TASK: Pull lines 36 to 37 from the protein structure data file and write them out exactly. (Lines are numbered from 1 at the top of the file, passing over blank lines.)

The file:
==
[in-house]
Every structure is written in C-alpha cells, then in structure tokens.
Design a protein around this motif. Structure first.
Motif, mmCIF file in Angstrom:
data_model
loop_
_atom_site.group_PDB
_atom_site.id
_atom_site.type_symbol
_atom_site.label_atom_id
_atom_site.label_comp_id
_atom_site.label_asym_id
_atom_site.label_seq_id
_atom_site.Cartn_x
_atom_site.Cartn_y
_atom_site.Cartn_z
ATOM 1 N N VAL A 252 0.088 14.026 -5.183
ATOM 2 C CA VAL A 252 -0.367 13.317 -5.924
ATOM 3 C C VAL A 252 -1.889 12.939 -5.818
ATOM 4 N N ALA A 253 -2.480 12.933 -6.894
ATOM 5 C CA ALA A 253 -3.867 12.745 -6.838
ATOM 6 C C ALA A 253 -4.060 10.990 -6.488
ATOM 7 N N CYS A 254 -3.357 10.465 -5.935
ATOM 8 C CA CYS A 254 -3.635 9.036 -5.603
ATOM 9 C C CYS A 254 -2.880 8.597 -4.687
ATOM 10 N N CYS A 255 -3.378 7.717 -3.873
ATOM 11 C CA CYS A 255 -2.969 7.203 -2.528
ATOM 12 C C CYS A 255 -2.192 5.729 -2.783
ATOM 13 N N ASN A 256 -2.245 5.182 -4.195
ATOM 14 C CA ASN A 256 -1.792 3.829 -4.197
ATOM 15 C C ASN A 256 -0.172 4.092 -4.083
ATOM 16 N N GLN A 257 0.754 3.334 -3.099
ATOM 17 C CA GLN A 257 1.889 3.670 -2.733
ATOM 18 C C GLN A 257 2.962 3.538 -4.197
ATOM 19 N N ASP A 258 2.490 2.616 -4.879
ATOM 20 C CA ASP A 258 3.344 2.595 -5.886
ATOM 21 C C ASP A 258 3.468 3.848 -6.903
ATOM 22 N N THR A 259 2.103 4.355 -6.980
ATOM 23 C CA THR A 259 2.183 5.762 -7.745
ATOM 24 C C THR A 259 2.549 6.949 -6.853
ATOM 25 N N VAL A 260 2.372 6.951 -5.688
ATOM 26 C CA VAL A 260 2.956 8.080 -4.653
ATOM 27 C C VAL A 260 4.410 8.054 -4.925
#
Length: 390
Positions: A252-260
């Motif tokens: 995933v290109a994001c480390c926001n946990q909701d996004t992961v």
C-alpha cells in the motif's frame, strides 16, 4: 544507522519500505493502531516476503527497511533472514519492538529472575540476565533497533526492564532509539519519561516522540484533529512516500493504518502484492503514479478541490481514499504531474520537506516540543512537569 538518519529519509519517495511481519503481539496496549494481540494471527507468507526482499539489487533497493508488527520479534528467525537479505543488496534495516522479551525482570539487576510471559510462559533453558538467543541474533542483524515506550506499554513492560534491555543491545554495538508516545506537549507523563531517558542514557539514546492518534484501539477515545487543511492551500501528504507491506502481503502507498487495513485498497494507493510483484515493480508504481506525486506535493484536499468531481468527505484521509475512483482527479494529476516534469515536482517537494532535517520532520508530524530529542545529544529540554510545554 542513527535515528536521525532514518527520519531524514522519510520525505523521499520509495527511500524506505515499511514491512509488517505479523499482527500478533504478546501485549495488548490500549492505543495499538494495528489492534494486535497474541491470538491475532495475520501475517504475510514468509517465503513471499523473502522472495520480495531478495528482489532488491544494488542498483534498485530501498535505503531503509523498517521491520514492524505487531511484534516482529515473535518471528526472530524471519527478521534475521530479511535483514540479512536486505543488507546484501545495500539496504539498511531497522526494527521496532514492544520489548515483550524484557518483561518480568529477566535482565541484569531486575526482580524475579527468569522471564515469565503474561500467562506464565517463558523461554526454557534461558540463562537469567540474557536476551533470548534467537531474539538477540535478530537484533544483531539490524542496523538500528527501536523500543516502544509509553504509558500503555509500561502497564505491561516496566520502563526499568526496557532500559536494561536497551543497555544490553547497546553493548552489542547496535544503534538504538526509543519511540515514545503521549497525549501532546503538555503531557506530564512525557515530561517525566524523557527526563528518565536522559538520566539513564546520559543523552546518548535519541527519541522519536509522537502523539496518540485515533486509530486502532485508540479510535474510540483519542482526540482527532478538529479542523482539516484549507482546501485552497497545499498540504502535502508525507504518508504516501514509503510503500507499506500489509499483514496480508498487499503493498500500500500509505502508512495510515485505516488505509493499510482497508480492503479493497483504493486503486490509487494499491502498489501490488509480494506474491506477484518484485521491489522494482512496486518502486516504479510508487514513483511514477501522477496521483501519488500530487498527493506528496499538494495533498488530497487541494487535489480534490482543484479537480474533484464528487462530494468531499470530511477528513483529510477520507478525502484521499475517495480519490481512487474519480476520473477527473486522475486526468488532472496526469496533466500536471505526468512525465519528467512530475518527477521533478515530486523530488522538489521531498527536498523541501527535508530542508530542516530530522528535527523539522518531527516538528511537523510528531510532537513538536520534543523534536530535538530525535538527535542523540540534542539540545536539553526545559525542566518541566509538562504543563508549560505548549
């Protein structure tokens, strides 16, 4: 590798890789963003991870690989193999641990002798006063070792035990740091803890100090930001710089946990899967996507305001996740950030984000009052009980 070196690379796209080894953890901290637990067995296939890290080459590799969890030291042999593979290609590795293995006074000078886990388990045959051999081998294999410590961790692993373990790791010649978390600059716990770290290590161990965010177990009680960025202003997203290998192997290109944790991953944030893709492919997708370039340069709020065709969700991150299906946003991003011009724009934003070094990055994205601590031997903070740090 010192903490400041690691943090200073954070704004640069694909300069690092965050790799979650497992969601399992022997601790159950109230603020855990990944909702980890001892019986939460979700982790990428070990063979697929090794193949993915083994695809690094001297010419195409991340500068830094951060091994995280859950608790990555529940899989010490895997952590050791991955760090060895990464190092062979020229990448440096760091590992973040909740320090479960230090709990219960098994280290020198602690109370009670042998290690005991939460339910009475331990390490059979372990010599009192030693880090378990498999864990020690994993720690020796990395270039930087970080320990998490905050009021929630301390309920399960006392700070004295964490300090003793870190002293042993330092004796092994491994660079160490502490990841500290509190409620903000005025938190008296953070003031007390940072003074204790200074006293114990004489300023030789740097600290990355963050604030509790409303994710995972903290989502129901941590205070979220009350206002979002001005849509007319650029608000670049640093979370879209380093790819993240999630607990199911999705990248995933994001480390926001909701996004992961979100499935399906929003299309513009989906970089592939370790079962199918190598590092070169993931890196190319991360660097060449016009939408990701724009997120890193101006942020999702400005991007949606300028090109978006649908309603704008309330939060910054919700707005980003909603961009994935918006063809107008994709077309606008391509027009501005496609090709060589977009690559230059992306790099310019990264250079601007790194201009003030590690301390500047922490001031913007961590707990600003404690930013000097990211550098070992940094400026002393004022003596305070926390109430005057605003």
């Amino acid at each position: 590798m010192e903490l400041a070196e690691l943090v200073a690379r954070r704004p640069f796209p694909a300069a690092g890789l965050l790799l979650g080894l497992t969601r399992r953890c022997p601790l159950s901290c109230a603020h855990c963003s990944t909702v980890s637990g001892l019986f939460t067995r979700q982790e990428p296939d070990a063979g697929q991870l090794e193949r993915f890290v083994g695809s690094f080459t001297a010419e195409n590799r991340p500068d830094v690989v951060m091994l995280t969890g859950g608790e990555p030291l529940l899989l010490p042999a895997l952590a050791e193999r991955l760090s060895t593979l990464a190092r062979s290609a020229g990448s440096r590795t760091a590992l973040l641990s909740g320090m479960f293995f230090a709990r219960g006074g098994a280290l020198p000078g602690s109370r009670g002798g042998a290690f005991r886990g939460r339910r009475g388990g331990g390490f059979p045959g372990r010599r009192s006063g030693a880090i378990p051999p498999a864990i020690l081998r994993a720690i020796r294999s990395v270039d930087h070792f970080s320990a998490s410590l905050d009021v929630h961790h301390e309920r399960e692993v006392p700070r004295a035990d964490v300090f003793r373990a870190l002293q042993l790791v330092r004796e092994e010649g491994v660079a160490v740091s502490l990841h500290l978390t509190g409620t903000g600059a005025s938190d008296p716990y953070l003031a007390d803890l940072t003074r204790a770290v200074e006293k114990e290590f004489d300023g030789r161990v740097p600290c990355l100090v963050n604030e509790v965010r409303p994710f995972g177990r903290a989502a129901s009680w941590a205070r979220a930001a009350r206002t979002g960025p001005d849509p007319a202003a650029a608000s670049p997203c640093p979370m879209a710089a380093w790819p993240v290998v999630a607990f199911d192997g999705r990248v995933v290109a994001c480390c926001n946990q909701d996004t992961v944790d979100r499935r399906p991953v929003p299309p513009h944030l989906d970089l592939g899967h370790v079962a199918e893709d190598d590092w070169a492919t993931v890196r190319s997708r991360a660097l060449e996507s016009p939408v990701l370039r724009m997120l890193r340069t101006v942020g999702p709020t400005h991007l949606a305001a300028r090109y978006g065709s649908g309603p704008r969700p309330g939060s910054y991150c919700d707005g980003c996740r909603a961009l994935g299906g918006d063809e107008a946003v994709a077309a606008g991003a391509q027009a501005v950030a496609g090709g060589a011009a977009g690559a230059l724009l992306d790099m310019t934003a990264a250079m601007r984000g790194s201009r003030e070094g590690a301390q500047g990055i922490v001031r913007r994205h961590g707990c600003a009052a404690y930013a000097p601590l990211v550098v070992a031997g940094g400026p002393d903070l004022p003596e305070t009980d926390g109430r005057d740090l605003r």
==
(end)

ATOM 20 C CA ASP A 258 3.344 2.595 -5.886
ATOM 21 C C ASP A 258 3.468 3.848 -6.903